Friday, March 08, 2013

Glial cells for Algernon

See also Flowers for Algernon.
Forebrain Engraftment by Human Glial Progenitor Cells Enhances Synaptic Plasticity and Learning in Adult Mice

Human astrocytes are larger and more complex than those of infraprimate mammals, suggesting that their role in neural processing has expanded with evolution. To assess the cell-autonomous and species-selective properties of human glia, we engrafted human glial progenitor cells (GPCs) into neonatal immunodeficient mice. Upon maturation, the recipient brains exhibited large numbers and high proportions of both human glial progenitors and astrocytes. The engrafted human glia were gap-junction-coupled to host astroglia, yet retained the size and pleomorphism of hominid astroglia, and propagated Ca2+ signals 3-fold faster than their hosts. Long-term potentiation (LTP) was sharply enhanced in the human glial chimeric mice, as was their learning, as assessed by Barnes maze navigation, object-location memory, and both contextual and tone fear conditioning. Mice allografted with murine GPCs showed no enhancement of either LTP or learning. These findings indicate that human glia differentially enhance both activity-dependent plasticity and learning in mice.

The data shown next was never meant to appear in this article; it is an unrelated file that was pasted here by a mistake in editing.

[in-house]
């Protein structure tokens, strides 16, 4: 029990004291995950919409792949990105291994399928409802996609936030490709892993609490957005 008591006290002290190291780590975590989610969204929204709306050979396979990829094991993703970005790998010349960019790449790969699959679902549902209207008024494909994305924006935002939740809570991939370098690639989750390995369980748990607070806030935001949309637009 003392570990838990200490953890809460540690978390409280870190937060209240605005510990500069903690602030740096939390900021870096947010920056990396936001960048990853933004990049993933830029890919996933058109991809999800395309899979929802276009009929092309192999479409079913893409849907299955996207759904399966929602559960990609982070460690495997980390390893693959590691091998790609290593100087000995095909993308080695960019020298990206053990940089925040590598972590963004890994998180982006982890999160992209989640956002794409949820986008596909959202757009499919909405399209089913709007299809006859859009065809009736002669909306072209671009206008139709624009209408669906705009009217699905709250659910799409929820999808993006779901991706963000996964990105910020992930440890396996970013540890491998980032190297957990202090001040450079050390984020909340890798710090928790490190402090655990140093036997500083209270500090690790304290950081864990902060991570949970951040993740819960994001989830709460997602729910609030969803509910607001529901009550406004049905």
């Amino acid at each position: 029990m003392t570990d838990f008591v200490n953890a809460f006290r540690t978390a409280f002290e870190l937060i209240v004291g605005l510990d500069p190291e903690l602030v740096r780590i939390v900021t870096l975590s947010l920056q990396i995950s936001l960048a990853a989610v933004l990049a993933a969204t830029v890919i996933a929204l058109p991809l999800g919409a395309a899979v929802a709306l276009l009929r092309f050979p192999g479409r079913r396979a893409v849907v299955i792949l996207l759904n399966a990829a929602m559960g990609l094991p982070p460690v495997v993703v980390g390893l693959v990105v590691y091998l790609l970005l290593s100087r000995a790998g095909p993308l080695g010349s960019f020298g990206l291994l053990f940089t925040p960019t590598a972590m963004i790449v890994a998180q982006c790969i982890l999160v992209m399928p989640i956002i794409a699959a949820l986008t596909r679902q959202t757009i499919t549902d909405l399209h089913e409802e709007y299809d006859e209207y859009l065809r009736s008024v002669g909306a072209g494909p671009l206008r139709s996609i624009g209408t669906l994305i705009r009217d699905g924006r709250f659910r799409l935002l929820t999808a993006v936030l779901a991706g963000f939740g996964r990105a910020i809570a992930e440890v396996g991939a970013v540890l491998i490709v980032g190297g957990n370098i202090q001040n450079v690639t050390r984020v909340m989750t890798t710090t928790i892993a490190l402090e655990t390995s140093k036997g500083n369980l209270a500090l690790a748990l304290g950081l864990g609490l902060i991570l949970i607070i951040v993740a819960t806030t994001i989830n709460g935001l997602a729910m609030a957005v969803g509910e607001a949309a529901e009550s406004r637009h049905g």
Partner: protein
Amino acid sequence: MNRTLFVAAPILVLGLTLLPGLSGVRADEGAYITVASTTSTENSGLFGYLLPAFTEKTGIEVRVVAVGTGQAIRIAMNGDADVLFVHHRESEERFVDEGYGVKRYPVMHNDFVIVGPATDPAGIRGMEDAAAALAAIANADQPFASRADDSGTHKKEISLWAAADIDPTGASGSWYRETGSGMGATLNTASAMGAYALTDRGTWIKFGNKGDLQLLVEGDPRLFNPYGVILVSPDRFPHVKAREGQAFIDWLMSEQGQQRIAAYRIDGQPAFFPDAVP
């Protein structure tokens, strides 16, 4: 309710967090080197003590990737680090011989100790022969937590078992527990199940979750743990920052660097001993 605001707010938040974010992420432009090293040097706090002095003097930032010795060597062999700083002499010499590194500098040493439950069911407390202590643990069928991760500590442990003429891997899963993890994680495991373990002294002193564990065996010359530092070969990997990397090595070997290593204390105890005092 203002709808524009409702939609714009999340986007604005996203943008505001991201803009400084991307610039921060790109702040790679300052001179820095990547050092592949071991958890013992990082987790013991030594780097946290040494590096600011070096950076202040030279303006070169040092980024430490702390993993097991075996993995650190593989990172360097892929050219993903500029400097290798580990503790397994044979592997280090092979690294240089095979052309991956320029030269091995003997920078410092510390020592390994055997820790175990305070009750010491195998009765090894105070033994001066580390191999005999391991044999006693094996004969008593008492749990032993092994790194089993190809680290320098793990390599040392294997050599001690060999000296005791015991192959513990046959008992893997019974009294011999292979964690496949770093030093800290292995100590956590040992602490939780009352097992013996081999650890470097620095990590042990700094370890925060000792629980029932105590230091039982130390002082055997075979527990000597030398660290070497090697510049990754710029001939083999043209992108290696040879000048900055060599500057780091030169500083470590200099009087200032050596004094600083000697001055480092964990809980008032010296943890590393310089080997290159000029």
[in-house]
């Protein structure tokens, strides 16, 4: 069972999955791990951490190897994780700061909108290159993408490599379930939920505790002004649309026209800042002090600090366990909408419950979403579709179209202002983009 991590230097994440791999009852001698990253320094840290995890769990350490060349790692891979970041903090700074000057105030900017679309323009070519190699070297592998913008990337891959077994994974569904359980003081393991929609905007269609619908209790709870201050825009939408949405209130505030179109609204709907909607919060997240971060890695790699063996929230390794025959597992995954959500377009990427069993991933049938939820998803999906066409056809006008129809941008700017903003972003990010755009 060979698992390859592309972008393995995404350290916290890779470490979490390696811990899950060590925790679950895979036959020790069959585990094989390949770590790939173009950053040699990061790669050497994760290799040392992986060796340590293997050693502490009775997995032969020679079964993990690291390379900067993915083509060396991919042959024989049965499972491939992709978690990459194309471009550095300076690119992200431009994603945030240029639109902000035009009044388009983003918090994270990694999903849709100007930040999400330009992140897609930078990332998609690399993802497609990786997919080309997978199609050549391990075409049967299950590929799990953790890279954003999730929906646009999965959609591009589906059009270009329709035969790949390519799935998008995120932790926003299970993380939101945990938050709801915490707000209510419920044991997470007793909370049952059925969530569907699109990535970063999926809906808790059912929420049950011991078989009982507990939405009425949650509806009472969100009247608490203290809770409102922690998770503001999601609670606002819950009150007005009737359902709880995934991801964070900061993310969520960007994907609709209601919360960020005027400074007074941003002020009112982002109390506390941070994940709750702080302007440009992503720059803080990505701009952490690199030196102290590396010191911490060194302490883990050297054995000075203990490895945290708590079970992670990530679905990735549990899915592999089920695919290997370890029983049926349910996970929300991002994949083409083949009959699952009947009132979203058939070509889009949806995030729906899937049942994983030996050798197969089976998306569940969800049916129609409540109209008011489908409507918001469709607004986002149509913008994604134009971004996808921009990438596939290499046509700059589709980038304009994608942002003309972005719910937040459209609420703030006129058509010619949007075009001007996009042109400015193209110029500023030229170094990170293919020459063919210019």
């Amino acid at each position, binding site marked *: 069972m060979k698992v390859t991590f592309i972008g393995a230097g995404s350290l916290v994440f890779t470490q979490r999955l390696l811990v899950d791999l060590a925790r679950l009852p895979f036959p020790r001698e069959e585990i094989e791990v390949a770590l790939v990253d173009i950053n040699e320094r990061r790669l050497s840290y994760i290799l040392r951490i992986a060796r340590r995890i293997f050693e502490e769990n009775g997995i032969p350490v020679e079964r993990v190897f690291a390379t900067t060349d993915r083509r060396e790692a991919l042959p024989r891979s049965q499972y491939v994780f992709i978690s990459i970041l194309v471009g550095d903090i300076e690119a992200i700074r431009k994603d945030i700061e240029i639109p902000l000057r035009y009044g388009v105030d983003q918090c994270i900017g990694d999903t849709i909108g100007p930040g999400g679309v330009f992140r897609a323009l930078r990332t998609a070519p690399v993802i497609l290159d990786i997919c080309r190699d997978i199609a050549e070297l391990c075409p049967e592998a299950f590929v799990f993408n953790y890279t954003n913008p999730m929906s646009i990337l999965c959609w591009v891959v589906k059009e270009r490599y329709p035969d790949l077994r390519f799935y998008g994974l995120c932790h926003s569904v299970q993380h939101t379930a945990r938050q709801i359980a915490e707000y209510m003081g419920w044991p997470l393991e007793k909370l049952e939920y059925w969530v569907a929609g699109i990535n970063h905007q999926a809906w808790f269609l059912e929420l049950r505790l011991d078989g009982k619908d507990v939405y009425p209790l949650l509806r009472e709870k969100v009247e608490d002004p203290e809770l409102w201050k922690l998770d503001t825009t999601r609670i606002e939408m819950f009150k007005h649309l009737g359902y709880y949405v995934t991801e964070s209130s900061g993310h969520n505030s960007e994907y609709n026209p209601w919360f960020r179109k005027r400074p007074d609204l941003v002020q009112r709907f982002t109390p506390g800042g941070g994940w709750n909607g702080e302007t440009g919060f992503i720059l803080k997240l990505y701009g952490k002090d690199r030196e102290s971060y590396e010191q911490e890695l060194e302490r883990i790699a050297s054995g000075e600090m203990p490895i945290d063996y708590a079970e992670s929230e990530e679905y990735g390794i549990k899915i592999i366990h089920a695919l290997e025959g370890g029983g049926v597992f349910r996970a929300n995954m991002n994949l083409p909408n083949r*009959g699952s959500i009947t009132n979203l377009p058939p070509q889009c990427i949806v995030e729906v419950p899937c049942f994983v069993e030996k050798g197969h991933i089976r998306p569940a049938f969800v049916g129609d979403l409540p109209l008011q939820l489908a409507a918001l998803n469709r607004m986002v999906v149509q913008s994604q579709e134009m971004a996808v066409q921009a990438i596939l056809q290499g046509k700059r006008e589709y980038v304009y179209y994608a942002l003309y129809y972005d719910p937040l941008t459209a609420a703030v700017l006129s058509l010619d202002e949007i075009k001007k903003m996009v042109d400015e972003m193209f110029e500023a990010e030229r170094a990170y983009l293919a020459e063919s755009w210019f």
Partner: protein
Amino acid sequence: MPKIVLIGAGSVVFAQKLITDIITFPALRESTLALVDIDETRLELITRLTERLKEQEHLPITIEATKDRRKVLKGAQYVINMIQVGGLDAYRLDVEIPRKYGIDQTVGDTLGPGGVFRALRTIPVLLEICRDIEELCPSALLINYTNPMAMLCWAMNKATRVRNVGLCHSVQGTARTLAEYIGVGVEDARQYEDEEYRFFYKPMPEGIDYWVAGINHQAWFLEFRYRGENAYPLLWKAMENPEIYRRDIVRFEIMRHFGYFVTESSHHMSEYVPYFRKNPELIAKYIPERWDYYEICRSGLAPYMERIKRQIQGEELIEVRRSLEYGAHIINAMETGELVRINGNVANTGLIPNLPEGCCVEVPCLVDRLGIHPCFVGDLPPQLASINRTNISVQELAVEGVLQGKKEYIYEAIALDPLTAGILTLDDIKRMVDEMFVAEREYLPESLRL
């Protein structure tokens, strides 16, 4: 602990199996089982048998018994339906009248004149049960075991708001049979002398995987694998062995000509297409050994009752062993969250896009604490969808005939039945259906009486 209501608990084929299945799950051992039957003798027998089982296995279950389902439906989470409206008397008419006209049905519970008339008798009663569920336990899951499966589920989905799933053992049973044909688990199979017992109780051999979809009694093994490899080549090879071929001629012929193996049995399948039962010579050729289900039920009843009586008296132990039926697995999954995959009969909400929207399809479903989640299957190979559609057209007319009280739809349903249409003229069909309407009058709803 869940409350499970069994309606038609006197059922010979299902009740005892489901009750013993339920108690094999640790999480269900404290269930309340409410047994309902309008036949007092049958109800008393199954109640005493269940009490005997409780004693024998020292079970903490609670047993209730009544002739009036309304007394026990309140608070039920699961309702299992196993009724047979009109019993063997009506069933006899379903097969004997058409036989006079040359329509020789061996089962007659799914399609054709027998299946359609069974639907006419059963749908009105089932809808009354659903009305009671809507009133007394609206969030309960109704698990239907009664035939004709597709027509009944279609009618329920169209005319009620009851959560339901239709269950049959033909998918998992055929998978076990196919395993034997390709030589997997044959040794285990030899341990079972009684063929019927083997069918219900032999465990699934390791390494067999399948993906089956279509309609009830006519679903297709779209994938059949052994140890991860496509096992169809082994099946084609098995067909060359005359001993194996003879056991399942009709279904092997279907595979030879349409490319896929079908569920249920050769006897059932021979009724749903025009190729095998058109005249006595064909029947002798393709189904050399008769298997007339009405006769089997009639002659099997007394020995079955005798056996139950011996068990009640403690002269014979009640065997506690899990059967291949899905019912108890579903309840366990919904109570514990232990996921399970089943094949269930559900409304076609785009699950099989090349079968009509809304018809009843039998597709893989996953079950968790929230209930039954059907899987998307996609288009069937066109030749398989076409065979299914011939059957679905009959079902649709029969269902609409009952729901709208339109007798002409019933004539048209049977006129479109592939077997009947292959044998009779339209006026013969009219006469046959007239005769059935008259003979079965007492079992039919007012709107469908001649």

Cornelius said...

This type of research is very exciting, but also makes me quite sad. It seems clear that unless we destroy ourselves, in 100 years we will engineer humans with vN-level intellect and Bolt-level athleticism, and those people will be AVERAGE. I may even be alive when the first of these people reach adulthood. Steve, you might be alive as well. In your lifetime, you may go from elite academician to dull-witted fossil.

neuroecology said...

I always find the inference that these types of experiments yield 'more intelligent' animals a bit dubious. What these types of studies show are enhanced LTP and memory acquisition. However, intelligence is more about discrimination and pattern recognition than knowledge acquisition. Unnaturally enhanced acquisition without similar extinction (LTD) seems more like it would disrupt homeostatic mechanisms and result in wider swings? It's not good control.

Example: Babies are really, really good at picking things up. They can hear sounds that many adults cannot; however, I would hazard to say that they are not very intelligent! It's only as they refine their priors about the environment that they start to become 'intelligent'.

David Brahm said...

Why would that make you sad?

LaurentMelchiorTellier said...

Not just mice... but other, non-human primates as well:, h/t Mr. Spacepope.

This experiment is not using the more specialized GPC, but in stead the less differentiated iPS cells - allowing them to differentiate into misc cell types, including astroglia. No attempts at psychometrics on the monkeys yet, but the cells thrive and integrate.

One does wonder about the prospect of farming iPS from gifted humans, and transplanting them into the heads of other brave (or at least incapacitated) homo sapiens. Sucking brains from the virtuous, the next big frontier of nootropics?

gwern said...

> In your lifetime, you may go from elite academician to dull-witted fossil.

That'll happen regardless: we call it 'aging'.

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